Alberta Hutterite colony bottles water to diversify

Clear Lake Colony is challenging the definition of “value-added” with bottled water production

Across the West, Hutterite colonies are successfully diversifying into other business ventures, but this is a unique story at the very rural Clear Lake Hutterite Colony, an hour and a half southeast of Calgary.

Clear Lake, it turns out, is home to a natural spring well — and to a group of very forward-thinking farmers, including brothers David and Paul Waldner.

The colony manages 12,000 acres of land, 9,000 of which are cropped, and like other farmers in southern Alberta, they are always thinking about rainfall. And like their neighbours, they’re always thinking about two things — first, that they need to do a good job of farming in dry soils, and second, if they’re going to be sustainable, they need to find additional revenue streams.

“It was going to be touch and go a lot of years because it’s definitely a dry area and it’s very sandy,” says David Waldner, the colony’s financial manager. “We knew we needed supplemental income.”

The entrance to the Clear Lake Hutterite Colony southeast of Calgary.
photo: Loree Photography

Perhaps, then, it was serendipity when the colony purchased a ranch in 1979. One patch of the newly acquired land made them all collectively scratch their heads. In an area baked brown, there was one valley on this ranch that was always green.

They wondered what was so different about the land that sat close to home, but of course they had farmland and animals to manage.

However, by 1988, the itch needed to be scratched. John Waldner, the uncle of David, dug a test hole with a backhoe, and when he did, he didn’t have to drop the bucket too deep to realize why that ground was always so verdant and lush.

By the next morning, the entire hole filled with water. It was a spring.

In hardly any time, David and his brother Paul began dreaming up plans for the spring’s water.

They got the water tested at AGAT Laboratories in Calgary. As they suspected, it was suitable for drinking.

Why did their spring water have such a distinct taste? The answer became the foundation of a bold business plan.
photo: Loree Photography

But why did it have that distinctly different taste? The lab analysis showed the water had a pH of 8, well within a normal range, but certainly on the high end. Typically, surface water has a pH reading anywhere from 6.5 to 8.5. Groundwater is between 6.0 and 8.5, with 7.0 considered neutral.

And there was another discovery too. Elite athletes and health nuts often seek out alkaline water because they credit it with neutralizing acids in the body. Others believe the high pH liquid can tackle high blood pressure, diabetes, high cholesterol and more.

So even though the idea seemed quirky at first, it began to take hold. Why not create a value-added bottled water business? Why should farm-based value adding have to be confined to crops and livestock?

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Paul Wipf

Turning on the taps

It didn’t take long to start making decisions, and in 1992, they launched their first foray into the water world by teaming with a Calgary company.

As happens, that first effort proved a learning experience; the business venture fizzled out fairly quickly.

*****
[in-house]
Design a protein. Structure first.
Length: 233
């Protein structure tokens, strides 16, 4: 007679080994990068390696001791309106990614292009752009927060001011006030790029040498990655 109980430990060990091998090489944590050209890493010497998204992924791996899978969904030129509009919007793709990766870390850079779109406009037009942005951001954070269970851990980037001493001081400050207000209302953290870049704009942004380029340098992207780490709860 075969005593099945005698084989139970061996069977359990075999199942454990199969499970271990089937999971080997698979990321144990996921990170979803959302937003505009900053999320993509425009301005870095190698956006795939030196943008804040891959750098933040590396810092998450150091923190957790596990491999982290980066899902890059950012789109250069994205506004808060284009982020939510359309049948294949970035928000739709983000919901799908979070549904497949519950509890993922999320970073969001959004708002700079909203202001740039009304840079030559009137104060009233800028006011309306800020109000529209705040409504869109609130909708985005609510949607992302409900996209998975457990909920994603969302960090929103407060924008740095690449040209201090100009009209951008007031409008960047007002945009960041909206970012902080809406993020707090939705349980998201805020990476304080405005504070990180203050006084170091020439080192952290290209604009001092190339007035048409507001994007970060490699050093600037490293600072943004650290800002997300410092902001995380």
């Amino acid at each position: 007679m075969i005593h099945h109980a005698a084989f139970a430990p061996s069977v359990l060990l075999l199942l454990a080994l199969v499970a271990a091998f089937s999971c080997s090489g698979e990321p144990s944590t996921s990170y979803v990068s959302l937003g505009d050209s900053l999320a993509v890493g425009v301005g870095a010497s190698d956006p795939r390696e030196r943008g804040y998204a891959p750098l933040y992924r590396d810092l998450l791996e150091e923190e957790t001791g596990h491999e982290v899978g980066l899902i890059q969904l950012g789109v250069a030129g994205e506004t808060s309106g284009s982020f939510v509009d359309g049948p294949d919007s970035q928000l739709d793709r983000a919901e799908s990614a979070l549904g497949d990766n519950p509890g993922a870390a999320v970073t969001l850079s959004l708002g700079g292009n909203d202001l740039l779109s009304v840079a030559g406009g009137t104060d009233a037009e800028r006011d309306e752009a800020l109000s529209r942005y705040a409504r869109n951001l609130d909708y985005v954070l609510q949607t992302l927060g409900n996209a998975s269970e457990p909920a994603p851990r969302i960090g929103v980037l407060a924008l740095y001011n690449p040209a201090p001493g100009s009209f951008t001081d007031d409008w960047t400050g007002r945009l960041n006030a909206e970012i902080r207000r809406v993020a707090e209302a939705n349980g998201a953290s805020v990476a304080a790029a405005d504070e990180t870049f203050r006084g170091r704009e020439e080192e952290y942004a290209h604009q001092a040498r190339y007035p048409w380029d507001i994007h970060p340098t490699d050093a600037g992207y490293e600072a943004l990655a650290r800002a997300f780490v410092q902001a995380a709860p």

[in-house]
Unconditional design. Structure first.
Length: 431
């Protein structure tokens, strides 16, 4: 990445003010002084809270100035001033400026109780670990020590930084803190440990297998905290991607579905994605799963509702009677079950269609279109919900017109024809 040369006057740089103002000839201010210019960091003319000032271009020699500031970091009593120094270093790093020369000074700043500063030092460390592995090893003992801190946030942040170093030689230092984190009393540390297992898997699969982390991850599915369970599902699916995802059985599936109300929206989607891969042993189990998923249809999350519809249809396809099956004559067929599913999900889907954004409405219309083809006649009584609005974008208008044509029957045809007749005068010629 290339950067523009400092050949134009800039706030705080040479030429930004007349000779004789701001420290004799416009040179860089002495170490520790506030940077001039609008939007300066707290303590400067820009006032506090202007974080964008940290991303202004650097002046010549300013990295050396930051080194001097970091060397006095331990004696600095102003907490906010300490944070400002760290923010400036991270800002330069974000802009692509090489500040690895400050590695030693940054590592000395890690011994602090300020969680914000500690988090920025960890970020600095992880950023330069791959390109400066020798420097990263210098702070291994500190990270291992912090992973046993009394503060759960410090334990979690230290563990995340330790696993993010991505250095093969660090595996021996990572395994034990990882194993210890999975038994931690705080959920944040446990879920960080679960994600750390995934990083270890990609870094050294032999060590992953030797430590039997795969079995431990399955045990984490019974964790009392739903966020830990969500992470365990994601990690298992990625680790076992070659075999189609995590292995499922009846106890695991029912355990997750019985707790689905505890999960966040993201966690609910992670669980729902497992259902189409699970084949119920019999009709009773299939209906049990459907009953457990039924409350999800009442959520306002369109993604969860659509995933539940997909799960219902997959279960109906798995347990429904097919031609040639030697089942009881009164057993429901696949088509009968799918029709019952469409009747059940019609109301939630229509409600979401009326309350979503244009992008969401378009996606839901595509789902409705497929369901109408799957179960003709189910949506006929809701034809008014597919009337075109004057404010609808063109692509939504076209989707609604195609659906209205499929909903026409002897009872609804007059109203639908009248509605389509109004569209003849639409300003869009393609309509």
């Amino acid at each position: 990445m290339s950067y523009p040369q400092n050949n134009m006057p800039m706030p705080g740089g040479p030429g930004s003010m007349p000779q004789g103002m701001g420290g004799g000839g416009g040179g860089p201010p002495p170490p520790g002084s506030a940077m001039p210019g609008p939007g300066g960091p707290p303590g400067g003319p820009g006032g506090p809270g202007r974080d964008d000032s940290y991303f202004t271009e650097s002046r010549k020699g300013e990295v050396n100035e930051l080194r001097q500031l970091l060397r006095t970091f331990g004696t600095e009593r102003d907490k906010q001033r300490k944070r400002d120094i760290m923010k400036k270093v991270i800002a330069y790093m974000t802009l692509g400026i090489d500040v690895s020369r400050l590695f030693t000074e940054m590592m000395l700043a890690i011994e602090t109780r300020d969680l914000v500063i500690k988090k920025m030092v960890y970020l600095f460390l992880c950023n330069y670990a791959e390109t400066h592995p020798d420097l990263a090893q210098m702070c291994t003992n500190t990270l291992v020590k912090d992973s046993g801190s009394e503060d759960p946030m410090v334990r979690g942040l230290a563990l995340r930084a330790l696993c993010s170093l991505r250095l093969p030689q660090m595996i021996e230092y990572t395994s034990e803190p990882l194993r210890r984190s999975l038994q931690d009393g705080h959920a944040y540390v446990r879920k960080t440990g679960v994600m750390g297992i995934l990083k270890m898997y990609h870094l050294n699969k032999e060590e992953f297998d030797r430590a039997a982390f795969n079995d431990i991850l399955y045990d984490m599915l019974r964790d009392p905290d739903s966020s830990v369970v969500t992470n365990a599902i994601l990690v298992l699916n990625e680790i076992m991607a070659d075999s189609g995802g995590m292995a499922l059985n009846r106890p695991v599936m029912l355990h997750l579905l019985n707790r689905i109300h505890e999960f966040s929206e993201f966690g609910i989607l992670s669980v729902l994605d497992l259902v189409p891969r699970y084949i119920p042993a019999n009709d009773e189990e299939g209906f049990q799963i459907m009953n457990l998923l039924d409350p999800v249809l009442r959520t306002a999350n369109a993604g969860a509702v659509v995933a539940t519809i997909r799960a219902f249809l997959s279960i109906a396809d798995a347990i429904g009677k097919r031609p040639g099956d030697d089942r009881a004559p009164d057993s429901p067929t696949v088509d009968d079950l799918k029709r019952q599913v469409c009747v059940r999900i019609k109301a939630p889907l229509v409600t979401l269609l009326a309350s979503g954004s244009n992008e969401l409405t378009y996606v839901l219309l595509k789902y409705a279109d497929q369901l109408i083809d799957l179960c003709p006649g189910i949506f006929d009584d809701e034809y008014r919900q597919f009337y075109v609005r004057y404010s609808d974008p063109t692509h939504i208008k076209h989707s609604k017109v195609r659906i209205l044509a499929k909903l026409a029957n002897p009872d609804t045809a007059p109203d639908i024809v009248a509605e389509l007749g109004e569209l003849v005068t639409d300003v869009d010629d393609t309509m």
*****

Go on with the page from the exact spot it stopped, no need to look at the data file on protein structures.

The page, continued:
The Waldners kept thinking, though, and kept observing and asking questions, and five years later, they reignited their business and began to bottle five-gallon jugs in-house with a semi-automatic bottling line.

In addition to selling to friends and neighbours, the idea was to approach grocery stores in Calgary and southern Alberta such as Sobeys and IGA, and it proved successful.

It meant they started small, filling orders for five-gallon jugs and cashing cheques under the name Your Choice Bottled Water.

It turns out water bottling has serious technology that needs mastering, like any kind of agriculture.

“Back then, there were very few 500-ml bottles on the market,” says David. “We decided we didn’t have the manpower, and two guys could do the five-gallon bottles.”

It proved more than manageable. The market needed 40 jugs per week in 1998 and it wasn’t a problem for the brothers to produce them. However, word spread and the 40 turned into 50, and the 50 turned into 100.

Numbers steadily rose; today they bottle between 5,000 and 6,000 five-gallon jugs each month.

By 2013, demand had steadily risen. Not only had they maintained customers with big box and independent grocers, they had also added more than 100 new clients between Calgary and the American border.

“With us, that’s the big thing, it’s the location,” says Paul. “There are no big cities in this area. We have small towns and hamlets.”

Water companies in big cities might have built-in advantages with their scale of operations. Still, Paul says, “You can have a good product and be a good marketer, but if the freight kills you, there’s no advantage.”

“What I recommend anyone do is start smaller, start cheaper and build it up a bit,” says Paul. “Then, when you see your client base has a decent growth to it… that’s when you can start thinking seriously.”
photo: Loree Photography

However, large water jugs have a limitation. You can’t exactly put one in the cupholder in your car, or carry it in your knapsack. So while the brothers were happy with the growth of the five-gallon business, they always wondered about a smaller size.

Opportunity knocks

By 2012, after 15 years of bottling water in jugs, word about their water had flowed around, and they began to get queries about a hand-held bottle and the possibility of a custom label.

However, with only five-gallon jugs in production, the brothers had no choice but tell companies such as The Bay and Northlands Coliseum they couldn’t do business.

Paul remembers those interactions well.

“I was very anxious,” he says of reluctant rejection calls he had to make. “We knew we had a premium alkaline water. That was the frustrating part — having a premium alkaline water and not being able to market it the way we thought was appropriate.”

“With the big jugs, you can’t ship them that far, but with a pallet of bottled water, you can actually ship it quite a ways and it’s feasible. That’s what started us. We knew we had no choice. In order to be competitive, we knew we had to switch.”